A whistleblower working in the UK House for Ukraine The scheme has revealed he and his colleagues “don’t know what we’re doing”, and claims the scheme has been “designed to fail” to limit the number of people entering the UK.

Amid criticism over the number of Ukrainians allowed to come to the UK so far, insiders revealed that confusion, poor morale and lack of guidance mean staff contracted with the scheme often often resort to their reactions to circumstances.

Staff working on the helpline for the scheme – introduced after widespread anger over the UK government’s initial response to the Ukraine refugee crisis – revealed that they had only received three hours of training with no follow-up and indicated any complaints or suggestions to improve the system were met with silence.

“We don’t really know what we’re doing,” said the source, who works for a private company responsible for handling Ukrainian refugee cases. “The system is designed, it will appear, for people to fail. They want to keep the number the same. Everything they do feels as if it’s meant to be. I even had a lawyer and attorney on the phone saying they couldn’t understand the system. “

The whistleblower questioned official government data on Ukrainian refugees, arguing that the statistics showed that ministers were being more generous than they really were.

The source, who asked not to be named, said he had handled many cases of UK visas being granted to an entire Ukrainian family except one child, which prevented the family from traveling to the UK.

“This allows the government to say we have issued a lot of visas. However, because they declined one, it was a guarantee that the Ukrainians would not travel,” the source said.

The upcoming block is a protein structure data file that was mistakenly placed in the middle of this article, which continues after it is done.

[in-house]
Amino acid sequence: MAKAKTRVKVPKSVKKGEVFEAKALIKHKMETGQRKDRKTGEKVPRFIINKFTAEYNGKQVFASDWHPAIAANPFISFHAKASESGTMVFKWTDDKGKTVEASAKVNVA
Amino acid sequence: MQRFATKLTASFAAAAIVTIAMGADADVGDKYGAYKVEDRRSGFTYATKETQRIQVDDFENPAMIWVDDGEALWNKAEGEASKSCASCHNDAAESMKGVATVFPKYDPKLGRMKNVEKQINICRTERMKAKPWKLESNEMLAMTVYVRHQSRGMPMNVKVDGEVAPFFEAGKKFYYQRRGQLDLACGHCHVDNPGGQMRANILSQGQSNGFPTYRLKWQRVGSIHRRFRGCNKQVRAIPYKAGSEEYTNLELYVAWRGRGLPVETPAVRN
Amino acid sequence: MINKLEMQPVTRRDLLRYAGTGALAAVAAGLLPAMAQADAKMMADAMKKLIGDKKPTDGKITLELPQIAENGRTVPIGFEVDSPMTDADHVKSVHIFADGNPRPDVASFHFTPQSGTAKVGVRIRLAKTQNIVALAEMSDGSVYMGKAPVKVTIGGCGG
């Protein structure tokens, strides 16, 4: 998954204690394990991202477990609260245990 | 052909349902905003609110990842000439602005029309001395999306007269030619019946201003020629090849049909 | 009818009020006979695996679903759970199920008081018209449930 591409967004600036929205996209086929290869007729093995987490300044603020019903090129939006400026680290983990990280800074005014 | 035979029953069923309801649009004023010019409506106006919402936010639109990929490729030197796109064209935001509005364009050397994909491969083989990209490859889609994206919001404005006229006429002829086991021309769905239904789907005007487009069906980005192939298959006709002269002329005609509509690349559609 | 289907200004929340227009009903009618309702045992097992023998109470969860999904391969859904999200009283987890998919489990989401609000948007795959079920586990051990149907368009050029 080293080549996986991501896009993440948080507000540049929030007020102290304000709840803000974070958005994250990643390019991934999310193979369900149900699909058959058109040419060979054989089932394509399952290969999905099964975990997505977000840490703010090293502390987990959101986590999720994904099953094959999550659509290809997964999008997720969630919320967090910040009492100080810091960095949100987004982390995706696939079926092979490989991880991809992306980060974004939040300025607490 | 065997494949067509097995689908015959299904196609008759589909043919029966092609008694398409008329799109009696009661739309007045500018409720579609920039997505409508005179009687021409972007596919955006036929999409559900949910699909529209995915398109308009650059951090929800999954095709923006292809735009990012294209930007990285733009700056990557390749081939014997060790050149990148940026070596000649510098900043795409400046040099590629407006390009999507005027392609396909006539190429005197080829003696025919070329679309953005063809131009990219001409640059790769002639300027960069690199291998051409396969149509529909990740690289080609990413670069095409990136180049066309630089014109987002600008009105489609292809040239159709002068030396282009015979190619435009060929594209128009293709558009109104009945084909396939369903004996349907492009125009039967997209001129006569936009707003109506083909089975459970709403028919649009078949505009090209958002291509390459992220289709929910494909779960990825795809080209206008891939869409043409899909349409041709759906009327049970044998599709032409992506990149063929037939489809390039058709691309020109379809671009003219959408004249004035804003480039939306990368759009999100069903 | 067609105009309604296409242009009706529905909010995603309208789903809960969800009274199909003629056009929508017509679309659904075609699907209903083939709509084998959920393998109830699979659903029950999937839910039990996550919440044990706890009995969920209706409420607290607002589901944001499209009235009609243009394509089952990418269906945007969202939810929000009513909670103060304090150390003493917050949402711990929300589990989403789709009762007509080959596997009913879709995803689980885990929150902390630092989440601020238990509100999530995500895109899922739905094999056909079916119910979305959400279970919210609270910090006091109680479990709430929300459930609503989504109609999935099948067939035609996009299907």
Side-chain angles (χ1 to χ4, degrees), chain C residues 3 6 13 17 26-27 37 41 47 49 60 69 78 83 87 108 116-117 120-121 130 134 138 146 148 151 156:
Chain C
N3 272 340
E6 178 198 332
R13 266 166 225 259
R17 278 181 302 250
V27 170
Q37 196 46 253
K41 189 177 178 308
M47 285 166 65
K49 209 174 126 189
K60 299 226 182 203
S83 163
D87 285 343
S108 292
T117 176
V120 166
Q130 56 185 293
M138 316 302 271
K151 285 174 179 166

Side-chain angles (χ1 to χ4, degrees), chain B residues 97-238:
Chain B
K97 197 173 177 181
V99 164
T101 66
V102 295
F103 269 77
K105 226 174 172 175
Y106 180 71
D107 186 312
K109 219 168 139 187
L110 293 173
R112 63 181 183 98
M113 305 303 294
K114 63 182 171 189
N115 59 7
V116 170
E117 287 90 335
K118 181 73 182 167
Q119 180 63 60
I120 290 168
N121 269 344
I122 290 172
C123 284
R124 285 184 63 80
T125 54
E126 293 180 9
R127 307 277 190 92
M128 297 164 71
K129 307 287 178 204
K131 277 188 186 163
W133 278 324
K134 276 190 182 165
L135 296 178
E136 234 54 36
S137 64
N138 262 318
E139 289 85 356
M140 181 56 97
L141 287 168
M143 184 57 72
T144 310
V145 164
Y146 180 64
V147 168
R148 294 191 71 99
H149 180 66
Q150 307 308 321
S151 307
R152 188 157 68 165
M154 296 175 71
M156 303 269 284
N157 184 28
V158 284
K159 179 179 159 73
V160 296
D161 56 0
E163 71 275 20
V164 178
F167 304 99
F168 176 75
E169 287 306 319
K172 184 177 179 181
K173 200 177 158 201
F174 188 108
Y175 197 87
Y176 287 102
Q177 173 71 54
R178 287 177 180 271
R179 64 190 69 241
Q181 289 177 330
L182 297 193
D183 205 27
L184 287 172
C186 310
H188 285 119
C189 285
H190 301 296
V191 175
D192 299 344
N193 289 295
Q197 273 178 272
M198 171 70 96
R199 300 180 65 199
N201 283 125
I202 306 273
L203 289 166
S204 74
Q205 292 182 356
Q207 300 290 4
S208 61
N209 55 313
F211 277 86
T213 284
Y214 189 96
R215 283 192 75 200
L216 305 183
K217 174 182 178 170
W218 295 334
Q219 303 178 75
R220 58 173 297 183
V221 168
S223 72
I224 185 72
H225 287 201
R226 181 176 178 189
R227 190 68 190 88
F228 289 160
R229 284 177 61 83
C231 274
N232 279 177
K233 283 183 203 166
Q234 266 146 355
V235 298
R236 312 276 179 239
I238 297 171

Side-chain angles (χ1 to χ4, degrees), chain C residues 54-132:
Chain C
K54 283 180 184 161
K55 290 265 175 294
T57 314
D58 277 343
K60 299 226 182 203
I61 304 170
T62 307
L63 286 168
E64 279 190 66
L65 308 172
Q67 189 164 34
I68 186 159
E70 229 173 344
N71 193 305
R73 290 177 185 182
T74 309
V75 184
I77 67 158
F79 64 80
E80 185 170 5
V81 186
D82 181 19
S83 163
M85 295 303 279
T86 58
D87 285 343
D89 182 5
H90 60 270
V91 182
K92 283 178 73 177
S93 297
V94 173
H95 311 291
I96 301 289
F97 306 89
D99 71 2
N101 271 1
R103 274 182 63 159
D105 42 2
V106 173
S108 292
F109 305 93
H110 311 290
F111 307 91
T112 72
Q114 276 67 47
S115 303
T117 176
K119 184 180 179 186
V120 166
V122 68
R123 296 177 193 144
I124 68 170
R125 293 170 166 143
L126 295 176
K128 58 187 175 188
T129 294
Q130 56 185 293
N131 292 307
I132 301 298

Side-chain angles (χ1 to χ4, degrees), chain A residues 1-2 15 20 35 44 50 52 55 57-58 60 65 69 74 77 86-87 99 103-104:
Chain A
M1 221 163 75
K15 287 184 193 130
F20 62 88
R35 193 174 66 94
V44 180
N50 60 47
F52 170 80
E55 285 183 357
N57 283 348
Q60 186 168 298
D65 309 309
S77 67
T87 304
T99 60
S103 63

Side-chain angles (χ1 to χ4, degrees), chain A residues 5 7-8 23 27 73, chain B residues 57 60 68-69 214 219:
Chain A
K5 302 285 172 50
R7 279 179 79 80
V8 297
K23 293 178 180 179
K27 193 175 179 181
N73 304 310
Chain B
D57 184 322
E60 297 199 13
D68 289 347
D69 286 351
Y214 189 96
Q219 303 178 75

The whistleblower said he encounters four or five cases a day in which a child in a family is not allowed to travel, a pattern he believes is “too much of a coincidence” for it to be ignored. encourage.

A government source said that family applications are “usually handled together” but that the cases vary in complexity and the protective procedures that have been put in place to protect children from trafficking.

The latest government figures show that 40,000 UK visas have been issued under the Home for Ukraine Program since it was launched five weeks ago – but only 6,600 Ukrainians actually arrived.

A donor who offered a place to stay in her home for mother and daughter from Borodyanka – a small town north of Kyiv that was devastated during the Russian invasion – told The Observer the child still has not received their visa after a month.

Katerina Lisenkova, also a volunteer helping Ukrainians come to the UK, said they applied for the couple’s visas on March 21 and although the mother received one “quickly” , the daughter did not and the two were stranded in Poland. .

Hours later The Observer brought the case to the government last Friday, the daughter was allowed to travel to the UK. On Saturday, British donors said they were in the “terrible” end of their lives after a Ukrainian mother who was going to stay at their home received a visa but her children, including a daughter of four age, have to wait.